As we have duly noted many times in prior select posts, insurance-related litigation can be exceedingly nuanced and complex, often focusing on technical language, differing interpretations of "what happened" in a matter, the actual causes underlying or triggering an event under a policy and additional considerations.
One recent case decided on appeal in one of the nation's federal appellate courts focused in precisely on one of those additional matters, bringing a notable conclusion to an insurance coverage dispute.
The matter involved home damage allegedly sustained in a flood, with a couple seeking payment from Allstate Insurance Co. for their losses.
The insurer denied the claim, and the couple filed a lawsuit in state court. Because flood insurance claims are governed exclusively under federal law, the case was subsequently removed to a federal venue.
At trial, the couple prevailed, with the court issuing a finding against Allstate.
Their victory was temporary, though, given that it was accompanied by a fatal flaw in their case, namely the tardy filing of their claim.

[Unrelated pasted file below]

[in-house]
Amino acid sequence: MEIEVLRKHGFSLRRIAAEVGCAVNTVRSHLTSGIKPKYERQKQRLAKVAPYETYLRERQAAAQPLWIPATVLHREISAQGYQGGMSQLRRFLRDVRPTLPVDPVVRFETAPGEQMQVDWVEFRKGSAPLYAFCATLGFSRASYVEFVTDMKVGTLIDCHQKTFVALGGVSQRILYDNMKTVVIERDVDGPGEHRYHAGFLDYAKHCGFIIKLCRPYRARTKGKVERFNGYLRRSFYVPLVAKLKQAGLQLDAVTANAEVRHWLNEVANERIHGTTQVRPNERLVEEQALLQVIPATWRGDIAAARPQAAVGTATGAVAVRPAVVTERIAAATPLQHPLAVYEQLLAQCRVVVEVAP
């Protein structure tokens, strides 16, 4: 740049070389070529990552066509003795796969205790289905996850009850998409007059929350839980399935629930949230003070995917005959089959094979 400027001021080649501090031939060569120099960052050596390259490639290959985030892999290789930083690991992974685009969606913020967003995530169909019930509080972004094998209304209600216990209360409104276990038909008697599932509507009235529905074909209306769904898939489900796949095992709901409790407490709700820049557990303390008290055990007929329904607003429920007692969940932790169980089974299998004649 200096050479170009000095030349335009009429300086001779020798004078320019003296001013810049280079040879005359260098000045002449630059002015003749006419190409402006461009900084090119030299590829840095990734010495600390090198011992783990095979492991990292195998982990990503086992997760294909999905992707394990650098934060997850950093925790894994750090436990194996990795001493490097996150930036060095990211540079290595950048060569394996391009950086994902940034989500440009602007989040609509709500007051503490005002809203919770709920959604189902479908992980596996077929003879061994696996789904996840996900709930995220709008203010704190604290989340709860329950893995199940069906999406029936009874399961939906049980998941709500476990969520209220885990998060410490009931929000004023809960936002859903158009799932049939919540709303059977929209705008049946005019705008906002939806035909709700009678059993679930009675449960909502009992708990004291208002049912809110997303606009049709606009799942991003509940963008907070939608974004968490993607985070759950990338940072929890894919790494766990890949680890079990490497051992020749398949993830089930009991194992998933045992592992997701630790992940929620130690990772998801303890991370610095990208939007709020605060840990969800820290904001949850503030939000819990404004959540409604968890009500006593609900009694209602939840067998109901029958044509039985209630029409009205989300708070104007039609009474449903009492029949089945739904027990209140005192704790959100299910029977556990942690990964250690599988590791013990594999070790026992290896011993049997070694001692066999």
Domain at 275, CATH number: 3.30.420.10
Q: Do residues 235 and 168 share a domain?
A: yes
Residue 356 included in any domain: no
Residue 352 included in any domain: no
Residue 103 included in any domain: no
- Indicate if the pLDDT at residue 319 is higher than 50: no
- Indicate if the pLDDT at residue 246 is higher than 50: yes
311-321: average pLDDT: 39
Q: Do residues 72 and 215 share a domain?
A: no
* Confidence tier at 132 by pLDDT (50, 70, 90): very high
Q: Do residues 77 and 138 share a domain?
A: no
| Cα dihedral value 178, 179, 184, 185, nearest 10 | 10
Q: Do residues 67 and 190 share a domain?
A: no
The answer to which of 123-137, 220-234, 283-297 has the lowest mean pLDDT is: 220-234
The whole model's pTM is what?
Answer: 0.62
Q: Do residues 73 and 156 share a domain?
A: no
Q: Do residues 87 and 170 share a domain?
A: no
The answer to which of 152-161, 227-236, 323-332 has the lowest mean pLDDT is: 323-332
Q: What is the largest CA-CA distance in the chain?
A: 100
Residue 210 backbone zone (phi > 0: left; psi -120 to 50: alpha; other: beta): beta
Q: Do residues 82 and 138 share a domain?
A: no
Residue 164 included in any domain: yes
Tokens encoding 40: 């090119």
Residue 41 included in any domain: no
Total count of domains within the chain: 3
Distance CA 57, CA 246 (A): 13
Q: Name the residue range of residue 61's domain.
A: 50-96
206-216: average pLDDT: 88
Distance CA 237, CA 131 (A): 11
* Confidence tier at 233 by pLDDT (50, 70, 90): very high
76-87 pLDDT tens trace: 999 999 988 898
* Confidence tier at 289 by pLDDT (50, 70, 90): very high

It cannot reasonably be said that the homeowners were blindsided by an appellate court's reversal of the lower-court ruling in their favor. As noted in a legal publication's analysis of the case, "federal law unequivocally states that flood insurance claims must be brought in federal court within one year after a claim is denied."
In fact, the homeowners had already missed that statute of limitations cut-off point by several months when the case was first removed to federal court.
Although the outcome might seem harsh to some, courts routinely insist upon strict adherence to statutory time bars in legal matters, given their importance in expediting matters and otherwise promoting integrity and consistency in the judicial system.
Insurers with questions or concerns regarding statutes of limitation applicable in an insurance matter can contact an experienced insurance defense attorney for answers and, when necessary, diligent legal representation.